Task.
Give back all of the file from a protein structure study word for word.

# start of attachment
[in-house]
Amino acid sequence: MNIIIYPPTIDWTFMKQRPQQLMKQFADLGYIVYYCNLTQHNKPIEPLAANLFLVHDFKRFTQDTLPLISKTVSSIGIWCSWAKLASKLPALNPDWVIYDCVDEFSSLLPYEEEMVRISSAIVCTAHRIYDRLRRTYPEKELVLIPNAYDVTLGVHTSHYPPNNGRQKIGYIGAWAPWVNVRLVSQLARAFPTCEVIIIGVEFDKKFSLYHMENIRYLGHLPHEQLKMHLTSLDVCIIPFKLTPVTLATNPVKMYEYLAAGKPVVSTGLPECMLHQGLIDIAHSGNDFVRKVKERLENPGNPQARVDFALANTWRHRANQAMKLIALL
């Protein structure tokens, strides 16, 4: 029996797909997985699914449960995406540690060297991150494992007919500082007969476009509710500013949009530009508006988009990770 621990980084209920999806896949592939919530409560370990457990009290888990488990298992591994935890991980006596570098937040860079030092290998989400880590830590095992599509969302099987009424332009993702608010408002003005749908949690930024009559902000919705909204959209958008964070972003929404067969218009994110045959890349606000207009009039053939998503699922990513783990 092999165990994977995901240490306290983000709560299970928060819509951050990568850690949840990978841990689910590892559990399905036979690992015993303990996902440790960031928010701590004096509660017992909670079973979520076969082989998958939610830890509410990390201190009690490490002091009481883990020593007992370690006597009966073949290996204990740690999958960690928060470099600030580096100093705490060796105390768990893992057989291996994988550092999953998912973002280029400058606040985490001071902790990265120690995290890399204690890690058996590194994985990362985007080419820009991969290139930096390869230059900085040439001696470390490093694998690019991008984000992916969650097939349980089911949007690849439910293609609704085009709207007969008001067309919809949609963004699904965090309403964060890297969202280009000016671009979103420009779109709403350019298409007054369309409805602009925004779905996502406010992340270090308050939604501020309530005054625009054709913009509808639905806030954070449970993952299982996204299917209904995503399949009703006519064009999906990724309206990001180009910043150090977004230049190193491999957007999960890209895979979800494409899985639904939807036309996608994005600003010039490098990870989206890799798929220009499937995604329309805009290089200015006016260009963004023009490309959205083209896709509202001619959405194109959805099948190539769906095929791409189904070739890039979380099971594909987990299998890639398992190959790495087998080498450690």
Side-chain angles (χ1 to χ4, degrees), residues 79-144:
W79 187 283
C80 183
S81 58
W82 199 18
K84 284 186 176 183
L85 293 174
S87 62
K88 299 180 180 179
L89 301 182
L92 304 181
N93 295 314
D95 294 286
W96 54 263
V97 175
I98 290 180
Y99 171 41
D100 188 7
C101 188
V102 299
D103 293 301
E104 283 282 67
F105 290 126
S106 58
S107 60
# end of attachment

[in-house]
Amino acid sequence: MNIIIYPPTIDWTFMKQRPQQLMKQFADLGYIVYYCNLTQHNKPIEPLAANLFLVHDFKRFTQDTLPLISKTVSSIGIWCSWAKLASKLPALNPDWVIYDCVDEFSSLLPYEEEMVRISSAIVCTAHRIYDRLRRTYPEKELVLIPNAYDVTLGVHTSHYPPNNGRQKIGYIGAWAPWVNVRLVSQLARAFPTCEVIIIGVEFDKKFSLYHMENIRYLGHLPHEQLKMHLTSLDVCIIPFKLTPVTLATNPVKMYEYLAAGKPVVSTGLPECMLHQGLIDIAHSGNDFVRKVKERLENPGNPQARVDFALANTWRHRANQAMKLIALL
């Protein structure tokens, strides 16, 4: 029996797909997985699914449960995406540690060297991150494992007919500082007969476009509710500013949009530009508006988009990770 621990980084209920999806896949592939919530409560370990457990009290888990488990298992591994935890991980006596570098937040860079030092290998989400880590830590095992599509969302099987009424332009993702608010408002003005749908949690930024009559902000919705909204959209958008964070972003929404067969218009994110045959890349606000207009009039053939998503699922990513783990 092999165990994977995901240490306290983000709560299970928060819509951050990568850690949840990978841990689910590892559990399905036979690992015993303990996902440790960031928010701590004096509660017992909670079973979520076969082989998958939610830890509410990390201190009690490490002091009481883990020593007992370690006597009966073949290996204990740690999958960690928060470099600030580096100093705490060796105390768990893992057989291996994988550092999953998912973002280029400058606040985490001071902790990265120690995290890399204690890690058996590194994985990362985007080419820009991969290139930096390869230059900085040439001696470390490093694998690019991008984000992916969650097939349980089911949007690849439910293609609704085009709207007969008001067309919809949609963004699904965090309403964060890297969202280009000016671009979103420009779109709403350019298409007054369309409805602009925004779905996502406010992340270090308050939604501020309530005054625009054709913009509808639905806030954070449970993952299982996204299917209904995503399949009703006519064009999906990724309206990001180009910043150090977004230049190193491999957007999960890209895979979800494409899985639904939807036309996608994005600003010039490098990870989206890799798929220009499937995604329309805009290089200015006016260009963004023009490309959205083209896709509202001619959405194109959805099948190539769906095929791409189904070739890039979380099971594909987990299998890639398992190959790495087998080498450690």
Side-chain angles (χ1 to χ4, degrees), residues 79-144:
W79 187 283
C80 183
S81 58
W82 199 18
K84 284 186 176 183
L85 293 174
S87 62
K88 299 180 180 179
L89 301 182
L92 304 181
N93 295 314
D95 294 286
W96 54 263
V97 175
I98 290 180
Y99 171 41
D100 188 7
C101 188
V102 299
D103 293 301
E104 283 282 67
F105 290 126
S106 58
S107 60